Menstrual cycle: symptoms, causes, effects of alterations

Menstrual cycle: symptoms, causes, effects of alterations

Alterations in the menstrual cycle can be considered as a symptom caused by more complex pathologies: how to recognize them and behave

Menstrual cyclicality is the expression of a fine balance characterized by the cyclical alternation of hormones produced by the ovaries, in particular estrogen and progesterone, under the stimulation of other hormones, gonadotropins, produced in the hypothalamus and pituitary gland. This hormonal production mechanism is quite complex and induces, as a final result, some functional changes in the target tissues of the female reproductive system (uterus, endometrium, vagina), the most evident of which is menstruation.

Correct menstrual cyclicality therefore requires the integrity of:

  • uterus and genital tracts
  • ovaries
  • hypothalamus-pituitary
  • Many pathological conditions, endocrinological and otherwise, involving one or more of these districts can cause an alteration of the menstrual cycle.


    • Definition of impaired menstrual cyclicality
    • Causes of impaired menstrual cyclicality
    • Diagnostic framework

    Definition of impaired menstrual cyclicality

    By definition, the menstrual cycle begins with the first day of blood loss and ends with the day before the next menstruation begins. The median duration of a cycle is approximately 28 days during the intermediate phase of a woman's reproductive period; however, the menstrual cycle exhibits extreme variability from woman to woman, also depending on the various periods of reproductive life.

    Changes in the menstrual cycle can be classified into:

    • quantitative: characterized by a reduction (hypomenorrhea) or increase (hypermenorrhea, menorrhagia) in menstrual flow.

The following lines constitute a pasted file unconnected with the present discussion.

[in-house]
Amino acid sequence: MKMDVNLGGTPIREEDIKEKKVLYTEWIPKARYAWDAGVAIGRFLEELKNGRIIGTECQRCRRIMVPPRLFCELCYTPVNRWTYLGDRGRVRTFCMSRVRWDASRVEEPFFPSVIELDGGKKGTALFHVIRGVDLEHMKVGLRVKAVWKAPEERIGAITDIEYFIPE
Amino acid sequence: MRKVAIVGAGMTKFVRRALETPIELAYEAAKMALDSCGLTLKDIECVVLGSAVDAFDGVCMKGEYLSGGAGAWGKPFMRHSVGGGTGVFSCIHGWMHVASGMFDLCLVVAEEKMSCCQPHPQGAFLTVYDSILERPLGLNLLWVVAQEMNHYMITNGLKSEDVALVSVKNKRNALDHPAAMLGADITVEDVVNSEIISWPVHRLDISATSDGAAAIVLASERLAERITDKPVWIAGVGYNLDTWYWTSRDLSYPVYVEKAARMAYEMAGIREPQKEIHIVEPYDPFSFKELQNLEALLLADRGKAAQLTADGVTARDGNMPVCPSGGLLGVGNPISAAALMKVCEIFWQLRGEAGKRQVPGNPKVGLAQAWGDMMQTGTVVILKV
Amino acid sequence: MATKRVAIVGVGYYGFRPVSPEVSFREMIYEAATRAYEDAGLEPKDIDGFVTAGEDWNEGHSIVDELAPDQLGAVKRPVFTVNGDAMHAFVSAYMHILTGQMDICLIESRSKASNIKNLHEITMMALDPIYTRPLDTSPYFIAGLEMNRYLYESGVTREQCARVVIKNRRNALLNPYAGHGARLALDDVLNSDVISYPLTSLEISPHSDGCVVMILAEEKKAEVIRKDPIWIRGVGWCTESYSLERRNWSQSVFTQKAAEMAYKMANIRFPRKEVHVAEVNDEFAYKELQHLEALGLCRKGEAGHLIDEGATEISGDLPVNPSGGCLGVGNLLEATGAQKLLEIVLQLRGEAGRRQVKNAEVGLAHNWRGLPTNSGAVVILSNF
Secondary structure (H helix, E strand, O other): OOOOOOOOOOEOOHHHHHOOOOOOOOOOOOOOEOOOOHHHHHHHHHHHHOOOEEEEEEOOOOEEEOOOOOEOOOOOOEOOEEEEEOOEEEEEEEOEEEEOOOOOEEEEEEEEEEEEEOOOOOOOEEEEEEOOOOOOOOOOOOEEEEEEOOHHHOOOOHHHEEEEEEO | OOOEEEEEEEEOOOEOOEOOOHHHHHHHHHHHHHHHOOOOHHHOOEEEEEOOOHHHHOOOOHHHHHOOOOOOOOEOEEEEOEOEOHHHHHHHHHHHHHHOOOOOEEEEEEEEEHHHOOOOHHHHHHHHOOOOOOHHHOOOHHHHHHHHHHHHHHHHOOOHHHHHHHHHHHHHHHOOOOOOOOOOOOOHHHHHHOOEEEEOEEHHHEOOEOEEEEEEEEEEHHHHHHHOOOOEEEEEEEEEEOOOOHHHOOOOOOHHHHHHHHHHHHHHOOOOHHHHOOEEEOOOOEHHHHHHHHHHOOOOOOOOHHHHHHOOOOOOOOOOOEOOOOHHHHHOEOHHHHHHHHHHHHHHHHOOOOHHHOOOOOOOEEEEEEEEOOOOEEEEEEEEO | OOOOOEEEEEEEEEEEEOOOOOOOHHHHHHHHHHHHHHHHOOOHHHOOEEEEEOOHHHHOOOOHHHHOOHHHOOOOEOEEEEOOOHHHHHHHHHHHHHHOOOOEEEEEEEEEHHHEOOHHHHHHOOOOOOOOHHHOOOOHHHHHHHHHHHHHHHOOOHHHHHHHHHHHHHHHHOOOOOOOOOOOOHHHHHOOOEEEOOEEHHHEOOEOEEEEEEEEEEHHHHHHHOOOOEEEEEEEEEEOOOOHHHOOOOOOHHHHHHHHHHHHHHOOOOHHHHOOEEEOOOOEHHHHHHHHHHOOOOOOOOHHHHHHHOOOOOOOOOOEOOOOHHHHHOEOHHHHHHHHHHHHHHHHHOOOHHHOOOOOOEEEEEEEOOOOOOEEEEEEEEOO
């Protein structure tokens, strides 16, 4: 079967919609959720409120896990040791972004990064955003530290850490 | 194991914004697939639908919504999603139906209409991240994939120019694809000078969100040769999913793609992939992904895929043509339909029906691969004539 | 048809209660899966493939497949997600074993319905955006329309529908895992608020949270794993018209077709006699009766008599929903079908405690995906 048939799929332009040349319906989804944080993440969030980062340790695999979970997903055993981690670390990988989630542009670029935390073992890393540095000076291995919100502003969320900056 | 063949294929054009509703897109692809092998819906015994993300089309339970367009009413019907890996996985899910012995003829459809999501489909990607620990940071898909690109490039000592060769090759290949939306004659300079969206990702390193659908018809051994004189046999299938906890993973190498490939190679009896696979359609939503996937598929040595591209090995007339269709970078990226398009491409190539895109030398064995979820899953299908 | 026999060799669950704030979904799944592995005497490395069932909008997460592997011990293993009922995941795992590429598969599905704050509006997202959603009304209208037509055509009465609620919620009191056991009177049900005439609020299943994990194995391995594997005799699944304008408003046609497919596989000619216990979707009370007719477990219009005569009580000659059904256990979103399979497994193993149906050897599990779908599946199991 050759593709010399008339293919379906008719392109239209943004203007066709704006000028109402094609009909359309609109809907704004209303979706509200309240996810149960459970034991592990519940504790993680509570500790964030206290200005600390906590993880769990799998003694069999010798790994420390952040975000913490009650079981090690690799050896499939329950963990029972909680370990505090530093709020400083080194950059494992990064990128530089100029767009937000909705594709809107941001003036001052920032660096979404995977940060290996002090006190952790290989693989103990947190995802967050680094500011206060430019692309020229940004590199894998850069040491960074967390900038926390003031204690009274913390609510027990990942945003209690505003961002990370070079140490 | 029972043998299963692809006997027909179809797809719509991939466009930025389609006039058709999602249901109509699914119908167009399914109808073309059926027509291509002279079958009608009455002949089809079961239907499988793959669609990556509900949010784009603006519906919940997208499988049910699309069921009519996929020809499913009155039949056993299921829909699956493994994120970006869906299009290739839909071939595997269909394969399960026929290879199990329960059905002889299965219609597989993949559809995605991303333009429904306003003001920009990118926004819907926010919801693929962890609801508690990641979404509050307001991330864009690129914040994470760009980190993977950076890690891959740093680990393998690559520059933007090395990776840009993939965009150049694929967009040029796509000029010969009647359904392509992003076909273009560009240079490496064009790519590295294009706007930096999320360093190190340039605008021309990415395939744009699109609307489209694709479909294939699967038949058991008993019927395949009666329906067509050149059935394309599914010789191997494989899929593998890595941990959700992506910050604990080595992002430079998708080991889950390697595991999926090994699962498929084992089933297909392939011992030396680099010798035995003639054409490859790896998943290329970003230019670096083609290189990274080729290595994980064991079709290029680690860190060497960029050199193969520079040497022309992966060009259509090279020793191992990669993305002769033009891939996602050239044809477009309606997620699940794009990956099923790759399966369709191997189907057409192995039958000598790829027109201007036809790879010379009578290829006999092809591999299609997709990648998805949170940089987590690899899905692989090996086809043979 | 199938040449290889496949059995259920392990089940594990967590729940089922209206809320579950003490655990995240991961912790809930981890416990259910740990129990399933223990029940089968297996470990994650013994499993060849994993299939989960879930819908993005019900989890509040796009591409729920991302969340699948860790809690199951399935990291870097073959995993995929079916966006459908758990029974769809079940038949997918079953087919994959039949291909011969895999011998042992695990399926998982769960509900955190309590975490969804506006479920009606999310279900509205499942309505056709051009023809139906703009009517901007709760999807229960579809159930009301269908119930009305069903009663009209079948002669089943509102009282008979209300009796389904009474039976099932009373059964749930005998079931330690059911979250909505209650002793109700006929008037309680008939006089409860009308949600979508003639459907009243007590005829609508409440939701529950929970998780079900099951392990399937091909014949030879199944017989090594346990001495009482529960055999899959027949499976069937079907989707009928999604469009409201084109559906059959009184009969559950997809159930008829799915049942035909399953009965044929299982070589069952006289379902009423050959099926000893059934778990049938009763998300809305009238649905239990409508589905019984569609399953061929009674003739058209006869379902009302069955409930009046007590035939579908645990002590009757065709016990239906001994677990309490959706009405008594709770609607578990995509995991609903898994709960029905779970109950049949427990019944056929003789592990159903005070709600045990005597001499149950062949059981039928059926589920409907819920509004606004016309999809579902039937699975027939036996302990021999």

In most cases, in association with hypomenorrhea and hypermenorrhea, there are no alterations in the functionality and regulation of the menstrual cycle. However, hypermenorrhea is worthy of particular attention as it can expose the woman to anemia. Organic or endocrinological causes are rarely identified and in most cases it is due to alterations in the local metabolism of prostaglandins, the mediators of the onset and arrest of menstrual bleeding.

    • qualitative: characterized by alterations of the menstrual periodicity, that is an elongation (oligomenorrhea) or shortening (polymenorrhea) of the intermenstrual period. If there is a prolonged absence of menstrual flows for more than 3 months, this is defined

    In addition, metrorrhagia is defined as abundant bleeding that occurs intermenstrically, that is, outside the menstrual phase. Finally, the term dysmenorrhea defines a menstrual flow associated with painful symptoms.

    Causes of impaired menstrual cyclicality

    The alterations of the menstrual cycle listed above are to be considered as a symptom, caused by more complex pathologies that must be correctly framed and diagnosed in order to be adequately treated.

    Simplifying, cycle alterations, especially qualitative ones, can recognize:

    • a central cause due to hypothalamic and / or pituitary problems or
    • a peripheral cause due to pathologies of the ovary.

    The most frequent central endocrinological causes are:

    • organic causes: benign or malignant tumors in the hypothalamus-pituitary region with or without hyperprolactinemia, inflammatory or autoimmune diseases of the hypothalamus-pituitary region
    • functional causes: psycho-physical stress, intense physical exercise, weight loss and malnutrition, psychic (eating disorders such as anorexia nervosa and bulimia)